Beside Sylvester’s quiet elegance… Sir Nugent presented all the appearance of a coxcomb. He was a tall man, rather willowy in build, by no means unhandsome, but so tightly laced-in at the waist, so exaggeratedly padded at the shoulders, that he looked a little ridiculous. From the striking hat set rakishly on his Corinthian crop… to his gleaming boots, everything he wore seemed to have been chosen for the purpose of making him look conspicuous.
Sir Nugent seeks to marry Sylvester’s widowed sister-in-law and become stepfather to his young nephew, but he is no match for a mischievous and stubborn six-year-old. The comical scenes between Sir Nugent and Edmund are among my favorites in the whole book, highlighting Heyer’s flair for comedy. Phoebe and Sylvester’s verbal sparring is great fun to read (and listen to!), but the encounters between Sir Nugent and Edmund reveal a more visual style of comedy. It’s a pity that Sylvester has never been filmed, because I have no doubt the entire interlude in France would be hilarious to watch.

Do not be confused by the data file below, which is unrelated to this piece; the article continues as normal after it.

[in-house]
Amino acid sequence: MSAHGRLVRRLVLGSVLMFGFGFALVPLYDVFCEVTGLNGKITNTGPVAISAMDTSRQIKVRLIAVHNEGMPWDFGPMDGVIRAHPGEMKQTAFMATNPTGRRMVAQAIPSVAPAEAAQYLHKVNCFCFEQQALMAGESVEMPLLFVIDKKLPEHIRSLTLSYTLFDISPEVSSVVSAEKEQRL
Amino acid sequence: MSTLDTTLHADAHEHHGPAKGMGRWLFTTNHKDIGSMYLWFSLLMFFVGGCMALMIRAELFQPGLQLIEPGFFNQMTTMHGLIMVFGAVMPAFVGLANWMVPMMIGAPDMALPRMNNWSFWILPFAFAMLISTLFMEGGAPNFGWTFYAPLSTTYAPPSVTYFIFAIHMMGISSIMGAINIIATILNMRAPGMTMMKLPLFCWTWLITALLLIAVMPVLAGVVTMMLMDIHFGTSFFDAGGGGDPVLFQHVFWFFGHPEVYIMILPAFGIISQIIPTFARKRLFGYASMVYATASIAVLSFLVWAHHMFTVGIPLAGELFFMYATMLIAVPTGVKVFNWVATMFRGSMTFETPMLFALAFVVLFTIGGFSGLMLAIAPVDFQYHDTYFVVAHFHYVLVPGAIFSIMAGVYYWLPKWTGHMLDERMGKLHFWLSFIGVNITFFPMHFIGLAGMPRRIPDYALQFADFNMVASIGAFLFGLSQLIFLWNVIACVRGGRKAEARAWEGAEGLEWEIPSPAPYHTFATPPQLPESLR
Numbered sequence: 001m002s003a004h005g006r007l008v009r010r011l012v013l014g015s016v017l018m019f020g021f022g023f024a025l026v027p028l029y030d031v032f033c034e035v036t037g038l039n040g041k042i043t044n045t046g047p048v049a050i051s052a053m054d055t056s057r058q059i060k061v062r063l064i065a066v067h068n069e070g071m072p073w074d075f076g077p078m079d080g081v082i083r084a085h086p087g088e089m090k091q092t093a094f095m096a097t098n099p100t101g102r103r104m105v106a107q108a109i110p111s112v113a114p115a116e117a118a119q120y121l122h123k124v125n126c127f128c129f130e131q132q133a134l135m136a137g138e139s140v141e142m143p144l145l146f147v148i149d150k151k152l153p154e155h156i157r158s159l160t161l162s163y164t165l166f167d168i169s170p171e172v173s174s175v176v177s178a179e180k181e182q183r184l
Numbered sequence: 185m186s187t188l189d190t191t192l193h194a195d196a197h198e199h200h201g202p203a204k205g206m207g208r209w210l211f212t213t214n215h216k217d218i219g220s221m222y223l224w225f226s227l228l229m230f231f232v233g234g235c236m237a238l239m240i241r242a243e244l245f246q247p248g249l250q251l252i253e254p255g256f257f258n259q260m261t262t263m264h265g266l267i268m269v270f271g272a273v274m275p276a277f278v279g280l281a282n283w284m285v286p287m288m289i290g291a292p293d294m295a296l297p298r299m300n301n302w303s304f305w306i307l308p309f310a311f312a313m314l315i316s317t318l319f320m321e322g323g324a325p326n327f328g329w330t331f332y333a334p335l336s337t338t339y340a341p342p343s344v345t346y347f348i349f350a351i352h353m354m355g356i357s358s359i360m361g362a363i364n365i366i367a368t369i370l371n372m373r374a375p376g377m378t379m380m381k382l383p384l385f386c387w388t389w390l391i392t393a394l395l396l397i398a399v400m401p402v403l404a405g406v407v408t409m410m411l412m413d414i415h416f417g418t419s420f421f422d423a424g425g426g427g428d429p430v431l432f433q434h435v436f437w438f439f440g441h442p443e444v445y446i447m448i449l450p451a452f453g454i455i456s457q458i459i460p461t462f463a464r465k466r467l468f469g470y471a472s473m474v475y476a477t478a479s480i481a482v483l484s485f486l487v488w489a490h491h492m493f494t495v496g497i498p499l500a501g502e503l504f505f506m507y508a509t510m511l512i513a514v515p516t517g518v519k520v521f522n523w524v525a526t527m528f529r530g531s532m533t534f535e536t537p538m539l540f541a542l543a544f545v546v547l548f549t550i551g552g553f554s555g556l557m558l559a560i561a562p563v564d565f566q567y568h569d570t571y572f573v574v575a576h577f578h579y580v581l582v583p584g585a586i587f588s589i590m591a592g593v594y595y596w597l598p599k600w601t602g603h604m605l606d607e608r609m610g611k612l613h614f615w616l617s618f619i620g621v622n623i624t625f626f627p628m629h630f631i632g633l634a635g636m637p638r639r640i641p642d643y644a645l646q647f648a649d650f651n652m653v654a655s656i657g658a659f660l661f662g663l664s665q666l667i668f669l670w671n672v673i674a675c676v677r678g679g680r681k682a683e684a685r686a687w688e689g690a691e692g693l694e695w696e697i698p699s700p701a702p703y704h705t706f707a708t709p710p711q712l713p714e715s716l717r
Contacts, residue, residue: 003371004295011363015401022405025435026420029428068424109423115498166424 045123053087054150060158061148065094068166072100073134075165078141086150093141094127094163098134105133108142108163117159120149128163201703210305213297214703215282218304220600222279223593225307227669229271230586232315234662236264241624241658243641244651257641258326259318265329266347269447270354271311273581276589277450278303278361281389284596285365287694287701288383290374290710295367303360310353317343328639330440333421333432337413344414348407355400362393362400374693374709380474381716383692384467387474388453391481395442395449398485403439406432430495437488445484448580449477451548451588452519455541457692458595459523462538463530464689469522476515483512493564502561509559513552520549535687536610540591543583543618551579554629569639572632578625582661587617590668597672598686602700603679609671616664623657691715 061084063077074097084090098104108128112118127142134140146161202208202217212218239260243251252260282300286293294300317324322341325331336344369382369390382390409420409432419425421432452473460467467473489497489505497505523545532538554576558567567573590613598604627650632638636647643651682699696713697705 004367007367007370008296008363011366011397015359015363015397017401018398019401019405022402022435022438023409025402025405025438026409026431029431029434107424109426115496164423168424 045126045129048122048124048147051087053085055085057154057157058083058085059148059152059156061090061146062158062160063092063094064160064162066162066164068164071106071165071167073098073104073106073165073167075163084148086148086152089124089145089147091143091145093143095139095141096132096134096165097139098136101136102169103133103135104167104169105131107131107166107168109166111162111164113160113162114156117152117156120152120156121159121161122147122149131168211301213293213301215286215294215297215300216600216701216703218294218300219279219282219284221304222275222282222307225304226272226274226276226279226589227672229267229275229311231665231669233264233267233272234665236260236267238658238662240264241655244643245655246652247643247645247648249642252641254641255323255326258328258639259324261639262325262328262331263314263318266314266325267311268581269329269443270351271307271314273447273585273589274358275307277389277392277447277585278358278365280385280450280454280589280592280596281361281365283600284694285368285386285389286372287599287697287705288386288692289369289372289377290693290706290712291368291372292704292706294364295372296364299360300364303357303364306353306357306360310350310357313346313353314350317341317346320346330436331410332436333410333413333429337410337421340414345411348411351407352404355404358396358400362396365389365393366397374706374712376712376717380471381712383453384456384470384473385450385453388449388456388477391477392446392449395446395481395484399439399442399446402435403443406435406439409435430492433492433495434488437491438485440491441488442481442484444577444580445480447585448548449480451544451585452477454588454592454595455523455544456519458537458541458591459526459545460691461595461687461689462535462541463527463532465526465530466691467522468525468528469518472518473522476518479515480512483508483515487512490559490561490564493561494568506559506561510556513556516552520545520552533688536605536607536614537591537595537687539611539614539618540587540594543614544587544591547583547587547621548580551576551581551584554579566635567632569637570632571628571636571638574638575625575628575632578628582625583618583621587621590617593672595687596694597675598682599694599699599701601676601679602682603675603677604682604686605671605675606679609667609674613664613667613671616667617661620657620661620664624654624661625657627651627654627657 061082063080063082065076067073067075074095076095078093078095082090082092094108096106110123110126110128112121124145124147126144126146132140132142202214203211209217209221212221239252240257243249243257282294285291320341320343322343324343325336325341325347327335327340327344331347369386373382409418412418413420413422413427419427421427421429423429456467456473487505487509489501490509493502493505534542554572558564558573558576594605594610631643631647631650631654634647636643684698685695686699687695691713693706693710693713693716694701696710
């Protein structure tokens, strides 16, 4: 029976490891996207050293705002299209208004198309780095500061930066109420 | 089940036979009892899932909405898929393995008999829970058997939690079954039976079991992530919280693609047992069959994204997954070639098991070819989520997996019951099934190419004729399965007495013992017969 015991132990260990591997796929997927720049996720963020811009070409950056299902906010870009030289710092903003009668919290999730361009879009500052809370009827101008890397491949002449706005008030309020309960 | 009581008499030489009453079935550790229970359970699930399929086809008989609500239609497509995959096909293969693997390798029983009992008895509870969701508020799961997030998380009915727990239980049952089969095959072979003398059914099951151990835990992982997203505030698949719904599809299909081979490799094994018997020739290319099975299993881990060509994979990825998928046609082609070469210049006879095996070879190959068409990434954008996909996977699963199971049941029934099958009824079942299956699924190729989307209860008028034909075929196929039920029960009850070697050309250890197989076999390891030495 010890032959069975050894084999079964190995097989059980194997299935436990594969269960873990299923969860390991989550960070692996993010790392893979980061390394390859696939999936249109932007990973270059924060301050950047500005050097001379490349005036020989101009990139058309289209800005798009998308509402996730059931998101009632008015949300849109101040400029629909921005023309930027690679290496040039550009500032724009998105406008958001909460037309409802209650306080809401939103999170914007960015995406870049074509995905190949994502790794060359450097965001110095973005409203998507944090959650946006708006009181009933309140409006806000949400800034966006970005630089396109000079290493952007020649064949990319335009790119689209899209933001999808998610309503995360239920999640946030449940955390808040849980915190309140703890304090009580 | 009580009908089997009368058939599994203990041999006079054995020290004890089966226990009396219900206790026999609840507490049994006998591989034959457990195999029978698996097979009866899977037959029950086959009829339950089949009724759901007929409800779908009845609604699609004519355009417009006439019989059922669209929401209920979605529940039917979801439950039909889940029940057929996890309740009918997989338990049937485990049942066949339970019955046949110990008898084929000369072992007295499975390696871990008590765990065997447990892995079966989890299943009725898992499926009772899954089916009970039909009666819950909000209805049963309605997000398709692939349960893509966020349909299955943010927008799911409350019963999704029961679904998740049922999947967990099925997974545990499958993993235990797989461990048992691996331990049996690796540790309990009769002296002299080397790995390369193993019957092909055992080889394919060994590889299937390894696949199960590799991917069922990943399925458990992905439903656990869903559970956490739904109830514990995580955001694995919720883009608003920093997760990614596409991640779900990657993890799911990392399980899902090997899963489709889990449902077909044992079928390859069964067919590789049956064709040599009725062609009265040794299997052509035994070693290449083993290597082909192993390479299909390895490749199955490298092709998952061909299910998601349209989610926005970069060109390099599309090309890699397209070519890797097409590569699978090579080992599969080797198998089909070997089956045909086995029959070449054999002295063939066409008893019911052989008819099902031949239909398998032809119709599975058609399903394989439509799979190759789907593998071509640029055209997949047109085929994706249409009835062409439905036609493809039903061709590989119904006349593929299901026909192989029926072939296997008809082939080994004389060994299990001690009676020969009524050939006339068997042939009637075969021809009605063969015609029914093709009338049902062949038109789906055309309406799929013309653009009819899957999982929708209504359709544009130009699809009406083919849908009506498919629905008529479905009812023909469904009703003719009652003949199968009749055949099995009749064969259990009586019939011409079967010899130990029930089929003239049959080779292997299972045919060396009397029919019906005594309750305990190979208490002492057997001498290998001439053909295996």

Two characters appear in name only, but their influence is nonetheless unmistakable. Verena Marlow, Phoebe’s mother, and Sylvester’s twin brother Henry, both died before the events in Sylvester (Verena when Phoebe only an infant), yet Phoebe and Sylvester owe much of their respective characters and personalities to them. Phoebe’s tomboyish, forthright nature (as well as her reputation as a formidable horsewoman), which get her into so much trouble, are traits inherited from her mother, who happens to have been a dear friend of Sylvester’s mother. As for Henry Rayne, Phoebe comes to realize that his sudden death caused Sylvester, as his mother says, to “liv[e] in some desolate Polar region,” which contributed to the apparent arrogance she initially finds so detestable.